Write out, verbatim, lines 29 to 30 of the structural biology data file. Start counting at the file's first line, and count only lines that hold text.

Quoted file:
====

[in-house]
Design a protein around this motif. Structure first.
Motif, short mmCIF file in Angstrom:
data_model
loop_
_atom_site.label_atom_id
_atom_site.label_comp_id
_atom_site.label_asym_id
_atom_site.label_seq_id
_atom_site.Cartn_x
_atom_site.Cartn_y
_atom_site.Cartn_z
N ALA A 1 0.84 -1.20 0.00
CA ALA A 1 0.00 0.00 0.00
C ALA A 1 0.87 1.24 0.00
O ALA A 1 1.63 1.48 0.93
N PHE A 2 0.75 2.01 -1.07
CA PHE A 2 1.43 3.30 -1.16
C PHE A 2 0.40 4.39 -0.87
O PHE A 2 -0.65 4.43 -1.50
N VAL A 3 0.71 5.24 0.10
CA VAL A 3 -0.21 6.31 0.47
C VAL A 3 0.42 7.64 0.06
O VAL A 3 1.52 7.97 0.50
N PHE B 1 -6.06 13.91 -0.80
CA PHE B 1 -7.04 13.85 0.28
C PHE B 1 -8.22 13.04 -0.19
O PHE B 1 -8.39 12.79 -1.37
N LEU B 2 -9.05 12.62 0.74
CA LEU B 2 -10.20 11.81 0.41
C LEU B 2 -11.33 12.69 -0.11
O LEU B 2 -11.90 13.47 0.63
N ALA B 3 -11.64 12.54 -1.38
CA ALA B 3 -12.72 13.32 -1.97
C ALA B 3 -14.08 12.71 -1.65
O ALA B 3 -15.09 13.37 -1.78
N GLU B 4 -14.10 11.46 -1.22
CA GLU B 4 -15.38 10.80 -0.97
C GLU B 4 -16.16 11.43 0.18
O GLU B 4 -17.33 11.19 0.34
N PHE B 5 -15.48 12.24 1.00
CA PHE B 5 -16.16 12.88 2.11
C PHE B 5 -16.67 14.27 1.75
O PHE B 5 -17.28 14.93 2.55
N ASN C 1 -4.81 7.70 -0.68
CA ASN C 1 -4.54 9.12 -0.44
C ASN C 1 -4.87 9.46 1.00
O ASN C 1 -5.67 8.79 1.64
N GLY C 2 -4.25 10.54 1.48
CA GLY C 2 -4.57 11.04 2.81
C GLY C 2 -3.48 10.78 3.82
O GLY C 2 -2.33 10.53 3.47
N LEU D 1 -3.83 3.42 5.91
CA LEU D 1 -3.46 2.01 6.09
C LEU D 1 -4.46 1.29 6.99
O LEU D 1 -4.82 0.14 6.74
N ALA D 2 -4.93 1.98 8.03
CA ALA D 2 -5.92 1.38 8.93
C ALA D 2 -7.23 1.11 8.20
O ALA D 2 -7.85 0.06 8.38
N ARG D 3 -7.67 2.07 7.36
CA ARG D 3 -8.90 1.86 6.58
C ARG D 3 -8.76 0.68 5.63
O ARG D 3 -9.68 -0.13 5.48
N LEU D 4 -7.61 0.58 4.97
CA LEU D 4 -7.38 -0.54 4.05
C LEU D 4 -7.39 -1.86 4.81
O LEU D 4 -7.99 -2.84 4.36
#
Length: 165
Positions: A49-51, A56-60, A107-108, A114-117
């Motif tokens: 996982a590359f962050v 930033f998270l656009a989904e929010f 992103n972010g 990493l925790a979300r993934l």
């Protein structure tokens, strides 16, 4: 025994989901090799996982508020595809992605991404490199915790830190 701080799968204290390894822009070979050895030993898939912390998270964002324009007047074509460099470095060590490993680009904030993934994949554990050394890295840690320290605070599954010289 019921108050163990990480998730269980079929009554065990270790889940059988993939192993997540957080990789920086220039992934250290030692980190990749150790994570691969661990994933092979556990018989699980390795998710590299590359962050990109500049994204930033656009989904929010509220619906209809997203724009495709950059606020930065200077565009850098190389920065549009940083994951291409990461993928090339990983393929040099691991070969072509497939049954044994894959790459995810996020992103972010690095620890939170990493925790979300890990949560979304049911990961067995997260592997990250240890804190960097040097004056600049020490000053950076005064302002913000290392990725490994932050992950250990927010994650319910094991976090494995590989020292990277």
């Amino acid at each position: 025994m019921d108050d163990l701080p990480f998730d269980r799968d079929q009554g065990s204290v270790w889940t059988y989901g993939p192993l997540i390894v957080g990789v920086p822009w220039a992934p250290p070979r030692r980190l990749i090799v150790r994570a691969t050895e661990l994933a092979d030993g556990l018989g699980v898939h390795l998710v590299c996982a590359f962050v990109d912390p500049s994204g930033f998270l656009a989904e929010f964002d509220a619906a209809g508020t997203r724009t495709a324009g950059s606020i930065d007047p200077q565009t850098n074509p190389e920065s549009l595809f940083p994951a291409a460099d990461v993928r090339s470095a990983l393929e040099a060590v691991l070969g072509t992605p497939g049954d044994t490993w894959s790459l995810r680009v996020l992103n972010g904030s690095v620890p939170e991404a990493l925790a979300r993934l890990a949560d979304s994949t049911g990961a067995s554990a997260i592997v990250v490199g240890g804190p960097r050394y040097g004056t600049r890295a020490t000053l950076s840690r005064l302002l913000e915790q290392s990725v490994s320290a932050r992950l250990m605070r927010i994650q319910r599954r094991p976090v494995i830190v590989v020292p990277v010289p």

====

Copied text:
N LEU B 2 -9.05 12.62 0.74
CA LEU B 2 -10.20 11.81 0.41